Nervous. Excited. Anxious. All three of these adjectives describe how I’m feeling before my first day of organic farming. As of 8 a.m. tomorrow, I will begin as one of eight farmers on a medium-sized vegetable farm outside of Washington D.C. Coincidentally, tomorrow is also my birthday, and I can think of no better gift than one of a new job, especially one that will teach me all about food!
A few months ago, I mentioned I had an interest in farming, but at that point I hadn’t interviewed for this position. Now, here I sit back on the East Coast, in an on-site stone house feeling a bit like tomorrow is the first day of school. Common feelings once again arise, such as: ‘I hope I fit in’ and ‘What should I wear?’ Nerves aside, there’s something amusing about a girl that’s never grown a tomato that’s going to organically farm for a season!
Laughs aside, I’m incredibly excited for the next six months — I’ll be working here through the end of October — as touring the farm today with my new colleague left us wondering what various baby plants, shrubs and the like would one day grow up to be. Every nook and cranny had things I didn’t understand. Before today, I thought I knew a fair amount about vegetables. I now realize the enormous amount I have to learn about vegetables is truly humbling.
Onto the quiche.
I’m not a quiche girl. I’ve never been a quiche girl. Even in my days of eating eggs by the truckload did I ever take to quiche. Yet, for some reason, when I stumbled upon this recipe, “Besan” in Madhur Jaffrey’s World-of-the-East Vegetarian Cooking, I had to run to my kitchen to see what an eggless quiche is all about. Answer? Delicious. And so you know, this is good warm or cold, especially when your favorite hot sauce is added.
Jaffrey describes this as:
This dish resembles quiche only in as much as it is like a set custard that can be cut and served in sections. There the similarity ends. If you have a socca in Nice and can imagine something similar made out of chickpea flour but much thicker, then you have the Kutchi dish called besan.
Noodle arms beware: this baby calls for being stirred for 20 minutes straight, and after the first five minutes it thickens considerably, to the point where you may want to have someone…anyone…as back-up in case your arm(s) need a break.
Usha’s Mother’s Besan (A Savory Chickpea Flour Quiche)
Serves: 6-9 depending on what it’s served for (i.e., snack, side dish, main)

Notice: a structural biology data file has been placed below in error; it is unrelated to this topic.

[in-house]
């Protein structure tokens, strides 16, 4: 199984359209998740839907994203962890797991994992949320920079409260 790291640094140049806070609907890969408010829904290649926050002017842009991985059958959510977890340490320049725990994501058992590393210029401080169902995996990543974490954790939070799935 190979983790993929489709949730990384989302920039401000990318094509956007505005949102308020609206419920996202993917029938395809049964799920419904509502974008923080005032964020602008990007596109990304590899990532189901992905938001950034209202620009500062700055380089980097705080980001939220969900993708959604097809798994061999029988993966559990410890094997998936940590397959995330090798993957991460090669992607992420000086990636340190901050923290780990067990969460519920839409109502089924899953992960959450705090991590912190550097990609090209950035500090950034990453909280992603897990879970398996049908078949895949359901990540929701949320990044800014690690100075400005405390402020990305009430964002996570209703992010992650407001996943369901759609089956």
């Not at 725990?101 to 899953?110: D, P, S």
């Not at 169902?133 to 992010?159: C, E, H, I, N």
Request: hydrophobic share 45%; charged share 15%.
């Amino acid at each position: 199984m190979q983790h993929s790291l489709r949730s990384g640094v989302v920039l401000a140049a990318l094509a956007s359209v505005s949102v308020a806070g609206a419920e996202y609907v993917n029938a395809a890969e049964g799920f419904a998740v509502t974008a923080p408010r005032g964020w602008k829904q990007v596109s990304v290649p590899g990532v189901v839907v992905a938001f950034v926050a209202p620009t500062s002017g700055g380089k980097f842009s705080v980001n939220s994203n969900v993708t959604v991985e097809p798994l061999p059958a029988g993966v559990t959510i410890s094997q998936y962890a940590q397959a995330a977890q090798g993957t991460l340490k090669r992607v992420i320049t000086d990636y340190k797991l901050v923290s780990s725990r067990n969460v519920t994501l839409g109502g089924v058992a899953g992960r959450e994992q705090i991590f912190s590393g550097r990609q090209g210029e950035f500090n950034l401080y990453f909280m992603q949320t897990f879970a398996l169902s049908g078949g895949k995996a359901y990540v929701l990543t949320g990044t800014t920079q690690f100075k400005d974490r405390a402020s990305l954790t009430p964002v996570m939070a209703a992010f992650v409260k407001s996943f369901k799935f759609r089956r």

Source: Madhur Jaffrey’s World-of-the-East Vegetarian Cooking
2 1/2 C chickpea flour, sifted
3-4 cloves of garlic, peeled and mashed to a pulp
1/2 t fresh ginger, finely grated
1 1/2 t ground cumin
1/2 t turmeric
1/2-1 t cayenne pepper
1 medium-sized onion
5 T oil
5-6 dried or fresh curry leaves
2 t salt
1 T lemon juice
1 T fresh parsley, minced
1-2 fresh hot green chilies, minced
1/4 C grated fresh coconut
- Put the sifted chickpea flour in a bowl. Slowly add 4 1/4 cups water, a few tablespoons at a time. Stir as you do so, breaking up all lumps with the back of a wooden spoon. (If the batter still has lumps in it, put through a strainer.)
- Combine the garlic, ginger, cumin, turmeric and cayenne, according to your taste, in a small cup. Add 1/4 cup water and mix well. Set aside.
- Pell and cut the onion in half lengthwise, then slice into fine half rings.
- Heat the oil in a heavy, well-seasons (or non-stick) 2- to 2 1/2-quart pot over a medium flame. When hot, put in the curry leaves and then, a few seconds later, the sliced onions. Stir and fry the onions for 2-3 minutes. Do not let them brown. Add the spices in the small cup. Stir and fry them for about 1 minute. Now put in the chickpea flour mixture and bring it to a boil, stirring all the time. Turn the heat to medium-low/ Keep stirring vigorously with a wooden spoon until mixture seems to leave the sides of the pot. This should take about 20 minutes. Add the salt and lemon juice. Stir to mix. Taste the chickpea flour mixture. It should have a cooked taste. (In other words, it should not taste raw.)
- Empty the mixture into a 9 x 9 x 1 1/2-inch cake tin. Smooth over the top with a spatula. Sprinkle the parsley, green chilies — as much as you like — and coconut over the top and allow to cool. Cut into 1 1/2-inch squares.